I've used that Rolls piece and it worked perfectly. I keep one on the van now. Never seen that outlet thinga-ma-jig though. Interesting.
Post 22 made on Tuesday July 31, 2018 at 12:56
Ernie Gilman
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Watch the videos on the Ebtech product, since the vendor clearly explains the conditions under which that device won't help. There's no point in just buying one to try if the manufacturer has told you when it won't work! Not at eighty bucks, that is.

Edit: Unfortunately, the Hum X plugs directly into 120V Power, but the literature on it on their site does not mention "UL" at all. That suddenly gives me pause.

Last edited by Ernie Gilman on July 31, 2018 13:22.
A good answer is easier with a clear question giving the make and model of everything.
"The biggest problem in communication is the illusion that it has taken place." -- G. “Bernie” Shaw
Post 23 made on Tuesday July 31, 2018 at 18:08
Mr. Brad
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It would be nice if we heard back on the success of resolving the problem.
Post 24 made on Wednesday August 1, 2018 at 09:16
lippavisual
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Hum X works a treat. I've been using them for years and have installed them in clients homes without hiccups.

I used to just go grab them at Guitar Center that was close to me.
OP | Post 25 made on Wednesday August 1, 2018 at 09:59
SWOInstaller
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On July 31, 2018 at 18:08, Mr. Brad said...
It would be nice if we heard back on the success of resolving the problem.

Yes Brad, Sorry I have been busy. I will try to answer all outstanding questions that are relevant to the situation, as well as my findings.

On July 28, 2018 at 03:22, davidcasemore said...
How is the sub connected to the Denon? Seventy Feet of unbalanced audio? I see from the specs that this sub does not have a balanced (XLR) input and the Denon doesn't have a balanced output so you either did 70 ft. of unbalanced (Hum, Hum, Hum, Hum, Hum) or you used the speaker terminals (really? People do that?)

No balanced audio, yes 70' of unbalanced RCA terminals on each end of coax connected directly into amp and sub

On July 28, 2018 at 04:39, King of typos said...
I don’t know if I missed reading it, or no one suggested it...

How about swapping the cable box with one of the other boxes? If the problem goes away, well that box is bad. This can go with the power block, that is if the power supply isn’t built into the box.

Tried that, hum was still present

Also, since the sub and av are on different circuits. Is it possible they are on different panels too? If so, that could be a problem in itself. They could be on the same phase, but different panels. Thus the sub panel can not have the grounded (neutral) and grounding (ground) bonded together like they can in the main panel.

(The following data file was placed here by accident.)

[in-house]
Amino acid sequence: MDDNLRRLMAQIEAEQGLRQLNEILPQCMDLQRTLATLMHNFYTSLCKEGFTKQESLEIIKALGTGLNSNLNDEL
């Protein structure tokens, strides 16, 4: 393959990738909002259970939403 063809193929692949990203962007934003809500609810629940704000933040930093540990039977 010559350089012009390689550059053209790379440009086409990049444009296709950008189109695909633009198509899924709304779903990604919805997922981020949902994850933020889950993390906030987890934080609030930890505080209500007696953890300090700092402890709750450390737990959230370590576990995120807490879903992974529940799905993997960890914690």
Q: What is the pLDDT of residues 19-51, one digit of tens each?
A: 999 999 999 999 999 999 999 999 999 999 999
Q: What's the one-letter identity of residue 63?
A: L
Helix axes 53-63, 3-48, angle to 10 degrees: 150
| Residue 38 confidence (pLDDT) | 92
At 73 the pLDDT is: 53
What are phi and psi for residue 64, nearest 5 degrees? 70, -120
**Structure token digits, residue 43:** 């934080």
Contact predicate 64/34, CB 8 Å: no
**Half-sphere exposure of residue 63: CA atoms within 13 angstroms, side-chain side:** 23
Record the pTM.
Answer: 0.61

Different circuits, same panel (only one in the house), not sure about what phase each circuit is on.

On July 28, 2018 at 08:20, highfigh said...
Did you disconnect the coax at the demarc box? If you do that and the hum stops, call the cable company and have them fix their system.

Yes hum stops when demarc cable disconnected from system. Tried grounding internal house demarc (cable company didn't) but did not resolve the issue. Informed customer to contact cable company to resolve.
You can't fix stupid
Post 26 made on Wednesday August 1, 2018 at 12:51
Ernie Gilman
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Let's pin down the terms. The demarc is the place of separation between the cable company's wire and your house's wiring. It's a "grounding block," which is an F81 built so there's a place to insert a wire, up to 12 ga or so, that is run to an electrical ground. The standard setup has the cable company wire coming in on the left, the house wiring going out on the right, and the ground wire, a green wire, going to a ground, which ideally is at the power inlet to the house. It can also be a ground rod, sometimes even a water pipe. It should not be the ground of an outlet, but sometimes that's done and it can work.

When you write, presumably "demarc cable" means the cable from the cable company and "internal house demarc" is the cable going from the grounding block to all the house cable wiring. Right? That is, there's a ground block somewhere with the "demarc cable" coming from the cable company and the "internal house demarc" going to the house wiring, and the hum stops when undo the house wiring from that grounding block.

Why all this tedious statement of what we already know? Because I've never seen the term "demarc cable" and "internal house demarc," and while it should be clear just what that means... well, read my signature and think about times when perfectly obvious things have been misunderstood.